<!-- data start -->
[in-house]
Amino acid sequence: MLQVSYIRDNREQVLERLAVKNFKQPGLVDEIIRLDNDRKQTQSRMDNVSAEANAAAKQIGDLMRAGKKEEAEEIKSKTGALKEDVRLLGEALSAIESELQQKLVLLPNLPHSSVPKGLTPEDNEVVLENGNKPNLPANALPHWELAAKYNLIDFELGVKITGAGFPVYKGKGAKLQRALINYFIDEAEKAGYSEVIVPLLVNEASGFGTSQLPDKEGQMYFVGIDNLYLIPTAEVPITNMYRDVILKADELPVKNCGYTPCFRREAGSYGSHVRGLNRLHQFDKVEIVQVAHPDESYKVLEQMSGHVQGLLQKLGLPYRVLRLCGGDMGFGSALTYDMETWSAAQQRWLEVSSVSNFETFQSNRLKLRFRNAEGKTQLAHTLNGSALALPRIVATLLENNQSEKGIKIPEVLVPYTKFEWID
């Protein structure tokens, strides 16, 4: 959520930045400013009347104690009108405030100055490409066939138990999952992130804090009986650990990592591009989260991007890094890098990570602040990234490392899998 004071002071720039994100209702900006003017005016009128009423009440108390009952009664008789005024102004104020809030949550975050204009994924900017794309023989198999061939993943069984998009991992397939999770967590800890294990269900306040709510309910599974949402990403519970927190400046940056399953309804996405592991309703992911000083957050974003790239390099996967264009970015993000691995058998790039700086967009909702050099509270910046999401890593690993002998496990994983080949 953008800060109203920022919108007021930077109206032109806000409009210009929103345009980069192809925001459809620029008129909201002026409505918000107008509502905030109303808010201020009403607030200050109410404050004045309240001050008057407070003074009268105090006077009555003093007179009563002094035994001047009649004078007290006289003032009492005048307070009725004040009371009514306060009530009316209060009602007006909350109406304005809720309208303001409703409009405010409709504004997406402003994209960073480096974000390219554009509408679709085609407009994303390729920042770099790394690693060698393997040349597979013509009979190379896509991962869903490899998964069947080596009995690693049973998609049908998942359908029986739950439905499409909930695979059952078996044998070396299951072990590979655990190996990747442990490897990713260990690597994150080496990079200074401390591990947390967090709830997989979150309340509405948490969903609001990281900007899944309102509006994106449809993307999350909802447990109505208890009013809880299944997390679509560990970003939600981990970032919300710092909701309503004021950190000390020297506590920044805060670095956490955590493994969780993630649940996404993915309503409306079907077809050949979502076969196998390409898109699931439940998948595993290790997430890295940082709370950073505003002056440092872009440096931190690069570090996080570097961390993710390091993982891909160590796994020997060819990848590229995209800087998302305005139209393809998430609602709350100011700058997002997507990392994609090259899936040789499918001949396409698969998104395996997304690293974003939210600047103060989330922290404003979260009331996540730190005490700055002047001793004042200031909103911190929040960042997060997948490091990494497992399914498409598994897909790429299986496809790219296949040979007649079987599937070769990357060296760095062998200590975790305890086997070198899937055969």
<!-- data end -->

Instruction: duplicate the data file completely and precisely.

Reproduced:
[in-house]
Amino acid sequence: MLQVSYIRDNREQVLERLAVKNFKQPGLVDEIIRLDNDRKQTQSRMDNVSAEANAAAKQIGDLMRAGKKEEAEEIKSKTGALKEDVRLLGEALSAIESELQQKLVLLPNLPHSSVPKGLTPEDNEVVLENGNKPNLPANALPHWELAAKYNLIDFELGVKITGAGFPVYKGKGAKLQRALINYFIDEAEKAGYSEVIVPLLVNEASGFGTSQLPDKEGQMYFVGIDNLYLIPTAEVPITNMYRDVILKADELPVKNCGYTPCFRREAGSYGSHVRGLNRLHQFDKVEIVQVAHPDESYKVLEQMSGHVQGLLQKLGLPYRVLRLCGGDMGFGSALTYDMETWSAAQQRWLEVSSVSNFETFQSNRLKLRFRNAEGKTQLAHTLNGSALALPRIVATLLENNQSEKGIKIPEVLVPYTKFEWID
């Protein structure tokens, strides 16, 4: 959520930045400013009347104690009108405030100055490409066939138990999952992130804090009986650990990592591009989260991007890094890098990570602040990234490392899998 004071002071720039994100209702900006003017005016009128009423009440108390009952009664008789005024102004104020809030949550975050204009994924900017794309023989198999061939993943069984998009991992397939999770967590800890294990269900306040709510309910599974949402990403519970927190400046940056399953309804996405592991309703992911000083957050974003790239390099996967264009970015993000691995058998790039700086967009909702050099509270910046999401890593690993002998496990994983080949 953008800060109203920022919108007021930077109206032109806000409009210009929103345009980069192809925001459809620029008129909201002026409505918000107008509502905030109303808010201020009403607030200050109410404050004045309240001050008057407070003074009268105090006077009555003093007179009563002094035994001047009649004078007290006289003032009492005048307070009725004040009371009514306060009530009316209060009602007006909350109406304005809720309208303001409703409009405010409709504004997406402003994209960073480096974000390219554009509408679709085609407009994303390729920042770099790394690693060698393997040349597979013509009979190379896509991962869903490899998964069947080596009995690693049973998609049908998942359908029986739950439905499409909930695979059952078996044998070396299951072990590979655990190996990747442990490897990713260990690597994150080496990079200074401390591990947390967090709830997989979150309340509405948490969903609001990281900007899944309102509006994106449809993307999350909802447990109505208890009013809880299944997390679509560990970003939600981990970032919300710092909701309503004021950190000390020297506590920044805060670095956490955590493994969780993630649940996404993915309503409306079907077809050949979502076969196998390409898109699931439940998948595993290790997430890295940082709370950073505003002056440092872009440096931190690069570090996080570097961390993710390091993982891909160590796994020997060819990848590229995209800087998302305005139209393809998430609602709350100011700058997002997507990392994609090259899936040789499918001949396409698969998104395996997304690293974003939210600047103060989330922290404003979260009331996540730190005490700055002047001793004042200031909103911190929040960042997060997948490091990494497992399914498409598994897909790429299986496809790219296949040979007649079987599937070769990357060296760095062998200590975790305890086997070198899937055969």